• 1
    Patching in-house projects: well, it's a planning issue. In our case "in-house" means same organization but different departments and different geographical location. Imagine project A devs introducing a new (buggy) feature. We (project B devs) plan a new release that depends on that feature and in the middle of process discover a bug in it. Our options are (a) patch the bug, make release on time and send the patch upstream, or (b) report a bug upstream, wait until they fix it next sprint, and make our release one sprint late. Sometimes option b is acceptable, sometimes it is not.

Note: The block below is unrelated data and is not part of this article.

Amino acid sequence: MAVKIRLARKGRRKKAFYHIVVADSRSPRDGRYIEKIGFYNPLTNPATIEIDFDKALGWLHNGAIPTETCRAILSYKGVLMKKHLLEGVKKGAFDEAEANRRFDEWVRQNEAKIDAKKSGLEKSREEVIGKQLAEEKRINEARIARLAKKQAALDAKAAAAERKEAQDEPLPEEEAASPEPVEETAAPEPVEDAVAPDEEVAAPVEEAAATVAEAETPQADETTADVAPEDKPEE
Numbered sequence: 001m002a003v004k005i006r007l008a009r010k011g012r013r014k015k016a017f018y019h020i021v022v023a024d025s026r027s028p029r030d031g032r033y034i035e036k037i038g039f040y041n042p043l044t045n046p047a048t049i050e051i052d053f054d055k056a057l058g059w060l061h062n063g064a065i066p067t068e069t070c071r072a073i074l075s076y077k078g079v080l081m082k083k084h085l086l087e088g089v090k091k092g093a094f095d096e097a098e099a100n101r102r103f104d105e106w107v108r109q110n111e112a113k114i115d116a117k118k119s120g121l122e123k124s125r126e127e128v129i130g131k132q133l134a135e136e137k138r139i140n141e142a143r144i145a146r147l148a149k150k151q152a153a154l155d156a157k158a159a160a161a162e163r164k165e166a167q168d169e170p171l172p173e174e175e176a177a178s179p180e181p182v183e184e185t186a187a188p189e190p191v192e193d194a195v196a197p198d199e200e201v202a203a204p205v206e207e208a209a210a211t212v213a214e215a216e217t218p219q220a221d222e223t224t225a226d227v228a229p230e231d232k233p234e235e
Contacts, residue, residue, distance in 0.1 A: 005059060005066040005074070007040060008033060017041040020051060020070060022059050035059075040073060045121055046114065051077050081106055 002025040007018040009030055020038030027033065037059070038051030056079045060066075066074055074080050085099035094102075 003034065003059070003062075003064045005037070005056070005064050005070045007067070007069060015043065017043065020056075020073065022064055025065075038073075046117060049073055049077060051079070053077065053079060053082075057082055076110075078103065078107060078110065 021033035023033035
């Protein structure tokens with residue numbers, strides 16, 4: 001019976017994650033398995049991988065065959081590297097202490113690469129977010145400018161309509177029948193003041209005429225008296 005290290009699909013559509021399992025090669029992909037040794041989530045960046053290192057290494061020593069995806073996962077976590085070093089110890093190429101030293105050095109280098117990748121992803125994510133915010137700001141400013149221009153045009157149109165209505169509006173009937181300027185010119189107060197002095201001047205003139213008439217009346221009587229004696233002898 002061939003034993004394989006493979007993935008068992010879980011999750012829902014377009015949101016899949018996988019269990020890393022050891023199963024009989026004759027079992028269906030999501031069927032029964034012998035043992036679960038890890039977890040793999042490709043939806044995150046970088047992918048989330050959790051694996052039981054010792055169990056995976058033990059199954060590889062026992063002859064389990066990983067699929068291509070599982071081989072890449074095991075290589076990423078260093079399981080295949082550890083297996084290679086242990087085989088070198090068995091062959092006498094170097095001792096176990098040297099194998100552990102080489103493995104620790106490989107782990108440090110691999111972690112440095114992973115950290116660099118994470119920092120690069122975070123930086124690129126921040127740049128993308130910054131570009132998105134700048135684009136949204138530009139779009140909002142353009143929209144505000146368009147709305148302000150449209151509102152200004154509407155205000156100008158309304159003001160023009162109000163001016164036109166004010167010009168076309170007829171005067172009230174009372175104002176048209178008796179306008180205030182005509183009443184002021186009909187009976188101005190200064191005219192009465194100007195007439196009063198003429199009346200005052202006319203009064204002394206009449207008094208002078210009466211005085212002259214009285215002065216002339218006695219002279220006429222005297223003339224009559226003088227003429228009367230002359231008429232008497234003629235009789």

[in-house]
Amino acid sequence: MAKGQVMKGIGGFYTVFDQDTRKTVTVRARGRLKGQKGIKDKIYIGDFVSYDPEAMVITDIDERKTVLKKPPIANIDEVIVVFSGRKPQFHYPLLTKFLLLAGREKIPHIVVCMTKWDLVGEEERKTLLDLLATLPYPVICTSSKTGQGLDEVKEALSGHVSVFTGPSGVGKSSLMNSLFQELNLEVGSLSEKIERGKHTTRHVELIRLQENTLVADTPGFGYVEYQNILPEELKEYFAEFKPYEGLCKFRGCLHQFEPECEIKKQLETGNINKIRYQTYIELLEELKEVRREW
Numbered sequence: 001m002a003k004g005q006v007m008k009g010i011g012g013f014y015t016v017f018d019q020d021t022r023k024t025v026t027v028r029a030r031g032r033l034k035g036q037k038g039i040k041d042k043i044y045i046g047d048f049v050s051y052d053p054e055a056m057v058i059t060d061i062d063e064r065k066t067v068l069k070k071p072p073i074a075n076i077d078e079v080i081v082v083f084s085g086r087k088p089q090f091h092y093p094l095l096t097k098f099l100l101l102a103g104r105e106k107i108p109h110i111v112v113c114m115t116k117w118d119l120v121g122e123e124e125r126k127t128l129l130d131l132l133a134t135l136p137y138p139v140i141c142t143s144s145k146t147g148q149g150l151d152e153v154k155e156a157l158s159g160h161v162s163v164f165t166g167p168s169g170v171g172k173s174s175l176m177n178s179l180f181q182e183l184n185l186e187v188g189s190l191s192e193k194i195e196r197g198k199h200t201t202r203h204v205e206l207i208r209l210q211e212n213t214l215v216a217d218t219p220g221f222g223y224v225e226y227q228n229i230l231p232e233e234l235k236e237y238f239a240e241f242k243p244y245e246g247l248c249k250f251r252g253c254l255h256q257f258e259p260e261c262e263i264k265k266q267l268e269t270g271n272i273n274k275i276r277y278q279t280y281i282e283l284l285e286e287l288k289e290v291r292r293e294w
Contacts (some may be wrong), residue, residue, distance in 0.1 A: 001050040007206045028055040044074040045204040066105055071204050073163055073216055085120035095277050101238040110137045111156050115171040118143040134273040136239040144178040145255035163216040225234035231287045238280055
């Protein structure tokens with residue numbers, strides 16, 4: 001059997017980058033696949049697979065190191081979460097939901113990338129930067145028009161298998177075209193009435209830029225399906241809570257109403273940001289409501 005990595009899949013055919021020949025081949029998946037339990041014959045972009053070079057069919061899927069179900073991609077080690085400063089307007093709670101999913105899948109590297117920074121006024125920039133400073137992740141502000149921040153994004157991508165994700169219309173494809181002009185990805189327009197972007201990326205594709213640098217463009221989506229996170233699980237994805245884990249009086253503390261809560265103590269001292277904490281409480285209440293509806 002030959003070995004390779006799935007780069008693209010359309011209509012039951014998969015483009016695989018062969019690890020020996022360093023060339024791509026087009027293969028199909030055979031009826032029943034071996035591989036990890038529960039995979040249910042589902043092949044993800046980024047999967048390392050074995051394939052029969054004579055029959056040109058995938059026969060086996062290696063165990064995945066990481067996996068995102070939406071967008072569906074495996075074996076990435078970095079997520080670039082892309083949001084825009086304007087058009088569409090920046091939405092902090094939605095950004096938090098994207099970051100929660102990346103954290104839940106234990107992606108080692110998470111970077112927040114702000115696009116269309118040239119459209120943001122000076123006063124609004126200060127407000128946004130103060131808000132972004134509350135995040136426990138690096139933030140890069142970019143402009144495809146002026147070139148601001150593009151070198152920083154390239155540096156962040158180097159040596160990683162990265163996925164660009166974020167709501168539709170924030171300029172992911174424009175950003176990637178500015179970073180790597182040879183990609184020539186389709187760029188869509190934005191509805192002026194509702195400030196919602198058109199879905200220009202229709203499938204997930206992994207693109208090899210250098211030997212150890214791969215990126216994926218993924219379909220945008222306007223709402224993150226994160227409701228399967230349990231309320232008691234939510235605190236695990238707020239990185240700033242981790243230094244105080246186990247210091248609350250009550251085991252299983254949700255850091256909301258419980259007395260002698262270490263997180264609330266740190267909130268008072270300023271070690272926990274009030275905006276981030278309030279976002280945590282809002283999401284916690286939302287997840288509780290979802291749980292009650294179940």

– mkalkov
    Jul 9, 2014 at 8:43
  • I also find myself browsing JDK source code quite often because it makes me better coder, and because sometimes even world-class documentation is not enough. However, this doesn't mean I use undocumented JDK features. The same logic applies to dependency source code. I agree though that this leaves room for misuse. Thanks for your other points!
    – mkalkov
    Jul 9, 2014 at 8:49
  • Regarding your first comment, it seems your system may lead to a scenario where team A launches "Project A 2014 v1", and team B launches "Project B 2014 v1" that includes a "Project A 2014 v1" which is not quite the same than team A launched...
    – SJuan76
    Jul 9, 2014 at 10:54
  • 1
    It's more like "team A releases projectA-1.2.3, and team B releases projectB-4.5.6 which includes projectA-1.2.3-patch1".
    – mkalkov
    Jul 9, 2014 at 12:04